It’s that time of year again: the Tennessee State Fair is officially underway.
The annual event runs until September 16 at the Fairgrounds in Nashville. This year’s theme, “Heart of Tennessee,” celebrates the importance of agriculture, creative arts and entertainment.
Once again, there’s no shortage of activities this year, In the agriculture hall, fairgoers can check out giant pumpkins and watermelons. In the cattle barn, there are over 100 farms represented from across the country, The popular butterfly exhibit is also back for another year.
The Music City Monster Mayhem Truck Show kicked off Friday night, and will be held again on Saturday.
Fairgoers can also expect a wide variety of great food – including copious amounts of deep-fried, edible wonders – and more than 30 rides in the Midway.
It is the 164th year of the fair, and organizers say it has become a Tennessee tradition.
“It’s the main annual event where all aspects of Tennessee culture and history are celebrated,” said John Rose, Chairman of the Tennessee State Fair Association.
Organizers estimated around 120,000 people would visit the fair this year.
Some have concerns about the fair’s future in Nashville, after the Metro Council approved a $275 million Major League Soccer (MLS) stadium at the fairgrounds. The project includes 10 acres of mixed-use development, which will feature housing and retail around the stadium. Existing buildings at the fairgrounds will have to be torn down to make way for new construction.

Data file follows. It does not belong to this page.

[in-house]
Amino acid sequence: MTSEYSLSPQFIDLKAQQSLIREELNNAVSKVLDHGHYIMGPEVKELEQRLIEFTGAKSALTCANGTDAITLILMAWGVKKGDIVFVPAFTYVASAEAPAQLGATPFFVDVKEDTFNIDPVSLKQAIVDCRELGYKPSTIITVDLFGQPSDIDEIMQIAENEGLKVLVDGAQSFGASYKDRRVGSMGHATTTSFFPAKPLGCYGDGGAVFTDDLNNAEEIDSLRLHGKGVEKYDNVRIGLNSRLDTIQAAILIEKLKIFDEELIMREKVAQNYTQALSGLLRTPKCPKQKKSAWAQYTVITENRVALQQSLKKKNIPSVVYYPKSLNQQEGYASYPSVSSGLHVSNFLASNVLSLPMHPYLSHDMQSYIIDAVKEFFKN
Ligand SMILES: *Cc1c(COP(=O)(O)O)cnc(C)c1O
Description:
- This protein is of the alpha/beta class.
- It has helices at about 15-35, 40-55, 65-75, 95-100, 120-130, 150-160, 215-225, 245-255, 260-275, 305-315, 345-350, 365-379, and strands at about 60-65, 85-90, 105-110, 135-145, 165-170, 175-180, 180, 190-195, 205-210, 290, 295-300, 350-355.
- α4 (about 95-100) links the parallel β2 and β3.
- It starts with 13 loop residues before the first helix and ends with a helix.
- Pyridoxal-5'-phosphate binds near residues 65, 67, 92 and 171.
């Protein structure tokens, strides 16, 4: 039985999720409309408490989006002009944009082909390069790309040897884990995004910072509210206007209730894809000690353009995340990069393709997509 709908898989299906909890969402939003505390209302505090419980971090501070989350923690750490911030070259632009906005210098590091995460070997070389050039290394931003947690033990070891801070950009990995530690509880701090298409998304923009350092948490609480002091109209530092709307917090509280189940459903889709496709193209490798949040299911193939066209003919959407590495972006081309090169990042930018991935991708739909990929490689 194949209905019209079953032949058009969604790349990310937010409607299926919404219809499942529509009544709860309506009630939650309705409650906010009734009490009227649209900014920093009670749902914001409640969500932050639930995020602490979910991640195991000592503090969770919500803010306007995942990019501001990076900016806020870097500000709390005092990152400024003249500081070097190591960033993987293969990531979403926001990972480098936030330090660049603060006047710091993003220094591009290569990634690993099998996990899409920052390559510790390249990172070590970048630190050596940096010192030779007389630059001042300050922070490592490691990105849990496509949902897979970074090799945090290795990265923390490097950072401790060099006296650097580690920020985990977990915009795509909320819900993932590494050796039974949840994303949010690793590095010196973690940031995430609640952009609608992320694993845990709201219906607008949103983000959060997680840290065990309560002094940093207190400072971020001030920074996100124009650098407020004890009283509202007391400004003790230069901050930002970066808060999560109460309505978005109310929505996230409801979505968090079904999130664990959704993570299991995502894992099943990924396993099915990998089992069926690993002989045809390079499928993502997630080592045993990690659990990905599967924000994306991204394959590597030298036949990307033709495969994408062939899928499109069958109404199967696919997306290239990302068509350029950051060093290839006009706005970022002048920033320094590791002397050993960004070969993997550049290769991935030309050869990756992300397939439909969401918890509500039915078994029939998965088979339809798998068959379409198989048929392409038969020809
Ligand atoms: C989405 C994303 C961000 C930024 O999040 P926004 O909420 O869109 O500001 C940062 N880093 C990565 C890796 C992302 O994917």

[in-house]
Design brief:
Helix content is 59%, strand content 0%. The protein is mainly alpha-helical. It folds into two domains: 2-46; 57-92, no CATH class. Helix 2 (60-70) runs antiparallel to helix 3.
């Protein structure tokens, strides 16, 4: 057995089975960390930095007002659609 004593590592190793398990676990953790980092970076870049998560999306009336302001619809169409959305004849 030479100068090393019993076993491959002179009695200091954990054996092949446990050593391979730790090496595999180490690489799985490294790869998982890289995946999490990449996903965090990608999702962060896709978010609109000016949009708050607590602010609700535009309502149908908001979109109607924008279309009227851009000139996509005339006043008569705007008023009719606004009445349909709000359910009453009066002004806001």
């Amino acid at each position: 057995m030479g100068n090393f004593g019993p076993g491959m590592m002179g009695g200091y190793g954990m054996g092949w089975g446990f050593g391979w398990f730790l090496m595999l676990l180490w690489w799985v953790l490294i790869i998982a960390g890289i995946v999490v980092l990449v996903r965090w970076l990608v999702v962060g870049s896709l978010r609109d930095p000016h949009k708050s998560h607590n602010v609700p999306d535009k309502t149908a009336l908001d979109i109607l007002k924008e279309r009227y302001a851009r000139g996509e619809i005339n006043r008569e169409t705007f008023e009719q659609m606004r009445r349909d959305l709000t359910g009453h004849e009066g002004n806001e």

While Rose says he's not opposed to a MLS team in Nashville, he thinks the fairgrounds need to be for the fair.
“We believe that state law, and local law preserve this site for the fair,” said Rose. “We believe city leaders should honor that legal obligation.”
Earlier this week, the group "Save Our Fairgrounds" filed of a lawsuit claiming the Metro Charter stated the stadium can't be built at the fairgrounds. The group filed a similar lawsuit in December, but a Chancery Court judge threw it out.
Rose said he doesn’t believe the issue is settled yet.
“We don’t want to fight, but ultimately, we will fight for our survival because we want to see the State Fair go on,” said Rose.
Fair tickets for adults are $8, $6 for kids and $6 for seniors (55+). Children two-years-old and younger get in for free.
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